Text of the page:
Background Rheumatoid arthritis (RA) patients are at increased risk of heart failure (HF). The chronic inflammatory state in RA is associated with increased levels of N-terminal pro-brain natriuretic peptide (NT-proBNP), a biomarker for HF. Recently, a study demonstrated that NT-proBNP levels in RA patients decreased under TNF-blocking therapy. It is unknown whether this is also observed in biologics with another mode of action.
Objectives To evaluate the effects of abatacept and tocilizumab therapy on NT-proBNP levels.
Methods In 34 RA consecutive patients starting with abatacept (10 mg/kg every 4 weeks) and 14 consecutive RA patients starting with tocilizumab (8 mg/kg every 4 weeks), disease activity parameters and serum samples were collected at baseline and after 12 weeks of therapy. Clinical response was assessed using EULAR response criteria. Responding patients comprised both good and moderate EULAR responders. NT-proBNP levels were measured by the Elecsys 2010 electrochemiluminescence method (Roche diagnostics). For statistical analyses t-tests and linear regression were used.
Results NT-proBNP levels did not change significantly after 12 weeks (p=0.6) and there were no significant differences in NT-proBNP levels at baseline or after 12 weeks of treatment between the tocilizumab and abatacept group (p=0.16 and p=0.3 resp.). 34 patients (71%) were EULAR responders, (6=12% good, 28=88% moderate) and 14 patients (29%) were non-responders. Baseline DAS28, CRP and BSE were higher, though not significantly, in responders compared to non-responders (table). Baseline NT-proBNP levels were higher in responders versus non-responders (p=0.044). Change in NT-proBNP levels after 12 weeks of treatment was significantly different between responders and non-responders (p=0.002), with decreasing NT-proBNP levels in responders and increasing levels in non-responders.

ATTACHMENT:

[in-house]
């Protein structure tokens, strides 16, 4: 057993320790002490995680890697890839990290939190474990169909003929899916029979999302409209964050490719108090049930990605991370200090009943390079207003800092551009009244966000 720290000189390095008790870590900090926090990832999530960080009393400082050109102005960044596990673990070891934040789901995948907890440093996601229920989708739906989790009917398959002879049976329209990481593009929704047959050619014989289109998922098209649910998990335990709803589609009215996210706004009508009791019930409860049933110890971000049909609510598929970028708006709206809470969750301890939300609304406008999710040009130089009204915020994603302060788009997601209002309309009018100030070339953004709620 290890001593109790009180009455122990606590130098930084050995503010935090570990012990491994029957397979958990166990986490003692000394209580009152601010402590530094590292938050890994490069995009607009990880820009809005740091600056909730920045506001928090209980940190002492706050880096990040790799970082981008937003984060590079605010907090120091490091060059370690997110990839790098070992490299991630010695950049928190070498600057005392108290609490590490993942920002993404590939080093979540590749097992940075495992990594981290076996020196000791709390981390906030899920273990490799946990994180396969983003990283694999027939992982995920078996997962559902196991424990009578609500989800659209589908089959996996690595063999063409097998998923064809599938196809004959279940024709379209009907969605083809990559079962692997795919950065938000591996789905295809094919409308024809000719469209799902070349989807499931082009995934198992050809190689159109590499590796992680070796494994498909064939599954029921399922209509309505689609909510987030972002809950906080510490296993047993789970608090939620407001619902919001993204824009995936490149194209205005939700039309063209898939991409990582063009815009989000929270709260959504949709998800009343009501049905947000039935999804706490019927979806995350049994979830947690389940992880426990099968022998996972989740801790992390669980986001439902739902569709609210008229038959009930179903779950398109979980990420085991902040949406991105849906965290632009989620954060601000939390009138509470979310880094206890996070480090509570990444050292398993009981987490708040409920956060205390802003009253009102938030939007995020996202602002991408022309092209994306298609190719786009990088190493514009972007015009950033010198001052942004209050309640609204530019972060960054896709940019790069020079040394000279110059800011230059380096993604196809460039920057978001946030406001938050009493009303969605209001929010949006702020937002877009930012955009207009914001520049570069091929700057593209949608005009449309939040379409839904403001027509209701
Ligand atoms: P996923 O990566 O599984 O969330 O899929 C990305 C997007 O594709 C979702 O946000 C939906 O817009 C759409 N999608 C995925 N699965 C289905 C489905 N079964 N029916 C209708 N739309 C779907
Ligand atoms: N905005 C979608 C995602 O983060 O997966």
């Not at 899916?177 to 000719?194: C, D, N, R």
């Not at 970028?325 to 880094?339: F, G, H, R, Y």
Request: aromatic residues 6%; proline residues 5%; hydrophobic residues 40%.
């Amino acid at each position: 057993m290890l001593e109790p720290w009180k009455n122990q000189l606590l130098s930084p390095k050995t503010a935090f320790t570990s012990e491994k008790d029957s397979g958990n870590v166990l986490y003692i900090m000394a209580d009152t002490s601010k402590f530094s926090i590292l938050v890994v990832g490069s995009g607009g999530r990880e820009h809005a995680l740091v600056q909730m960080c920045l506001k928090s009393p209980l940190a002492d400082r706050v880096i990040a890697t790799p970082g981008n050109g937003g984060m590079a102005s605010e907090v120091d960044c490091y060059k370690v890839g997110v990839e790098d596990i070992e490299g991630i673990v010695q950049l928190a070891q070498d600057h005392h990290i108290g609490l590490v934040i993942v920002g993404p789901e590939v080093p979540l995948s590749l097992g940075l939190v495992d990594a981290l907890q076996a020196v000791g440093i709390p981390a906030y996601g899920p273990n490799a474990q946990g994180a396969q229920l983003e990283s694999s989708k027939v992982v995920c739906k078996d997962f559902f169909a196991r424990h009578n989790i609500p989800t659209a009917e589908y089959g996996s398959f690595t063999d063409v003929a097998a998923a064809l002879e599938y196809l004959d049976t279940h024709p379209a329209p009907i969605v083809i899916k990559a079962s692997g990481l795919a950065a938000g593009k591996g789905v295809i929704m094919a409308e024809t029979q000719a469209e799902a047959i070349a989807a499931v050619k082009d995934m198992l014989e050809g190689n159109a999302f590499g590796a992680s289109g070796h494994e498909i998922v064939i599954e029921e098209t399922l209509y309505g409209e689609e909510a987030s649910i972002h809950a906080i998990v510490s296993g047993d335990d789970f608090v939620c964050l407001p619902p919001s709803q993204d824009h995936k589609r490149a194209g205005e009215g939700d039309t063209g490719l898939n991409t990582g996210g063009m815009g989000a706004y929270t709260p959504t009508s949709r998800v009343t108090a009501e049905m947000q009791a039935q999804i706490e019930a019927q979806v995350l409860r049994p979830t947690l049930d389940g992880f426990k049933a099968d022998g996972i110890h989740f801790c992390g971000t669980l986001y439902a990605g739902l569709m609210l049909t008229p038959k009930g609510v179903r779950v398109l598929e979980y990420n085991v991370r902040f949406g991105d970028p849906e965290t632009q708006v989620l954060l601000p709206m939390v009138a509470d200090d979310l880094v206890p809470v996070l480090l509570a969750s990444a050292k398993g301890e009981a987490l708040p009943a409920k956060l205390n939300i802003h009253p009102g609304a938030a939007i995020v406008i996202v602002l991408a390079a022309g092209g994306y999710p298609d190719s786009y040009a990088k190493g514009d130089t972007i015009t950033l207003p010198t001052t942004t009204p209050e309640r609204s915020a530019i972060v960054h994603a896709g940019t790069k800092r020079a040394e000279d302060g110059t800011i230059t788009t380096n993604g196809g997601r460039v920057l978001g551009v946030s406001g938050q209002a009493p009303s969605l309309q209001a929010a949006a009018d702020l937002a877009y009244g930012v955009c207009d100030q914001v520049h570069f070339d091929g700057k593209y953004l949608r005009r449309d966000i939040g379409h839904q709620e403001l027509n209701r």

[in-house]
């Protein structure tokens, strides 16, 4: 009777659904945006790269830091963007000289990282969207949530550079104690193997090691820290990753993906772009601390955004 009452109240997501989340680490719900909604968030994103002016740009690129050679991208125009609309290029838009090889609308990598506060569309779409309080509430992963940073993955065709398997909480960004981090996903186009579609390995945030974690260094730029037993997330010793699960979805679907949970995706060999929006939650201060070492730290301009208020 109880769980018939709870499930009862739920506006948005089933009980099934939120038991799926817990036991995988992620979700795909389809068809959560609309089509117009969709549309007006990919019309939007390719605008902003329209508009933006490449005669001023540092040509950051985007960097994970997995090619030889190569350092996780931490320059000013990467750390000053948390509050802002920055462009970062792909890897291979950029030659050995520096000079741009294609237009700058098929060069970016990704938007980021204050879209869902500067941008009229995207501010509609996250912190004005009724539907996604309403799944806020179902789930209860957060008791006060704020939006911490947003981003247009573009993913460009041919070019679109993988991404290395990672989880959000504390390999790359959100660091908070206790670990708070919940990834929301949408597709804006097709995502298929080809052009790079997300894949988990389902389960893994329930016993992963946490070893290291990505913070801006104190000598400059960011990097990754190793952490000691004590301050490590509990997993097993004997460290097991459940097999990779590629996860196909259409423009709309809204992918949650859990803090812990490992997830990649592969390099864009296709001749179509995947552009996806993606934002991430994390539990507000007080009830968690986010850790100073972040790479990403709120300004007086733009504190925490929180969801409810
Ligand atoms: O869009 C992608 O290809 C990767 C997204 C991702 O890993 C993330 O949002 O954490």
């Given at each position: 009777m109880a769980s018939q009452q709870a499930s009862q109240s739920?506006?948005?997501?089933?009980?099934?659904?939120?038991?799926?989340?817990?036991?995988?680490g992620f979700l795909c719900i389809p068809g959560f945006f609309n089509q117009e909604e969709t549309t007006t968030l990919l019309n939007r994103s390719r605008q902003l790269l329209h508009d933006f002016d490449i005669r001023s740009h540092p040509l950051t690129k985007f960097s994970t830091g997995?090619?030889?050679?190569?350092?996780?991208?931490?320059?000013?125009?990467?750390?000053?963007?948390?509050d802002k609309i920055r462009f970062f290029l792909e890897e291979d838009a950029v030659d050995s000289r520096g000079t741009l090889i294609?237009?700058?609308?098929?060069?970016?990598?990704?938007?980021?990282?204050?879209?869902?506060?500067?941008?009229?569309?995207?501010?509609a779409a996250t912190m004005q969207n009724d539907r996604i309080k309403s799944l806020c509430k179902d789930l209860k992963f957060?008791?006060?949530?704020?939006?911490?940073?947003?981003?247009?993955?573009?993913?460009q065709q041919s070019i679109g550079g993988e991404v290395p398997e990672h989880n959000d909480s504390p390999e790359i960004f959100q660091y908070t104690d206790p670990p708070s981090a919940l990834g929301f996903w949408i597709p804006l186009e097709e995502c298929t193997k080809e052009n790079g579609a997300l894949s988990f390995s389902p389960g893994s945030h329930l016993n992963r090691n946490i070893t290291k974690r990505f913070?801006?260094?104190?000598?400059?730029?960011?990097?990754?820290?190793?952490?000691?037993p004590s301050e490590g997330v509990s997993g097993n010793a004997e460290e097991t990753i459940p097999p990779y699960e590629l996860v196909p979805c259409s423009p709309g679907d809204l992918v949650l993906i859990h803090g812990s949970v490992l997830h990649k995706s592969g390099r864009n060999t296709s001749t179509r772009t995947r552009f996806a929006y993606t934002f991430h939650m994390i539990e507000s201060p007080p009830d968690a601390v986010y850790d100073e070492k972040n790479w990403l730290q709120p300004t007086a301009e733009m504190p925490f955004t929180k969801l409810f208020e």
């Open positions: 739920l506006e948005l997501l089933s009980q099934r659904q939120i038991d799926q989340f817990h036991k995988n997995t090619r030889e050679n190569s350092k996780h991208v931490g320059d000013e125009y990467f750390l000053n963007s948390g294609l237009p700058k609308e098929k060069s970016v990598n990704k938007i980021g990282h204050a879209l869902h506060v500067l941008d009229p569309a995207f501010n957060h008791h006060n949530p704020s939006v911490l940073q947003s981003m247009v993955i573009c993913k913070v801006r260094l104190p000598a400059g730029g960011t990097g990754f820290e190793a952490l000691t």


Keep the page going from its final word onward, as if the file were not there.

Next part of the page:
Conclusions There was a remarkable difference in the course of NT-proBNP levels between EULAR responders and non-responders, as responders started with higher baseline levels which decreased significantly under both abatacept and tocilizumab treatment, while in contrast the NT-proBNP levels of non-responding patients increased. These findings indicate favourable effects of abatacept and tocilizumab on cardiac function in RA patients responding to treatment and underscore the importance of tight control of systemic inflammation in order to decrease CV risk.
Disclosure of Interest None Declared
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